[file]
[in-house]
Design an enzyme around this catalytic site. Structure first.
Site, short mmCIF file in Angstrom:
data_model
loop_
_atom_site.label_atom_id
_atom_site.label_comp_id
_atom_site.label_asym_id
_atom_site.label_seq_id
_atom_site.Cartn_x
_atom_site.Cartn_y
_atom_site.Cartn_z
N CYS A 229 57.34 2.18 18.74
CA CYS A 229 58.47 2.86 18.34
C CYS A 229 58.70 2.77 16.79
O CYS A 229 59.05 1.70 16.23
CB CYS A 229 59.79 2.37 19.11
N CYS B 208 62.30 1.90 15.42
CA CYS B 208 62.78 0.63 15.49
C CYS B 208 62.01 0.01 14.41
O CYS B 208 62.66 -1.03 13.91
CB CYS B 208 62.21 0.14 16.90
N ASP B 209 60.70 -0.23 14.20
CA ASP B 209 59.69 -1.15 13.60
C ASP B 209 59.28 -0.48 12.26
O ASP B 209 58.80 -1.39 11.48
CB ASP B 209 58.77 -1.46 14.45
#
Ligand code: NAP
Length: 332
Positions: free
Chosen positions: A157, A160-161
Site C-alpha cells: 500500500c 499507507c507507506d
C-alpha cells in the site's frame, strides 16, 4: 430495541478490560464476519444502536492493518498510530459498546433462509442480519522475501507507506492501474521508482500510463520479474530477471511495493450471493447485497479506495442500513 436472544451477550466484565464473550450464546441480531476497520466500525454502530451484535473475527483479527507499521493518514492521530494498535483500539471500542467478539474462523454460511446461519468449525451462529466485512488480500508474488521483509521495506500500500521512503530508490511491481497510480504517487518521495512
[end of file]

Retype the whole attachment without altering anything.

[in-house]
Design an enzyme around this catalytic site. Structure first.
Site, short mmCIF file in Angstrom:
data_model
loop_
_atom_site.label_atom_id
_atom_site.label_comp_id
_atom_site.label_asym_id
_atom_site.label_seq_id
_atom_site.Cartn_x
_atom_site.Cartn_y
_atom_site.Cartn_z
N CYS A 229 57.34 2.18 18.74
CA CYS A 229 58.47 2.86 18.34
C CYS A 229 58.70 2.77 16.79
O CYS A 229 59.05 1.70 16.23
CB CYS A 229 59.79 2.37 19.11
N CYS B 208 62.30 1.90 15.42
CA CYS B 208 62.78 0.63 15.49
C CYS B 208 62.01 0.01 14.41
O CYS B 208 62.66 -1.03 13.91
CB CYS B 208 62.21 0.14 16.90
N ASP B 209 60.70 -0.23 14.20
CA ASP B 209 59.69 -1.15 13.60
C ASP B 209 59.28 -0.48 12.26
O ASP B 209 58.80 -1.39 11.48
CB ASP B 209 58.77 -1.46 14.45
#
Ligand code: NAP
Length: 332
Positions: free
Chosen positions: A157, A160-161
Site C-alpha cells: 500500500c 499507507c507507506d
C-alpha cells in the site's frame, strides 16, 4: 430495541478490560464476519444502536492493518498510530459498546433462509442480519522475501507507506492501474521508482500510463520479474530477471511495493450471493447485497479506495442500513 436472544451477550466484565464473550450464546441480531476497520466500525454502530451484535473475527483479527507499521493518514492521530494498535483500539471500542467478539474462523454460511446461519468449525451462529466485512488480500508474488521483509521495506500500500521512503530508490511491481497510480504517487518521495512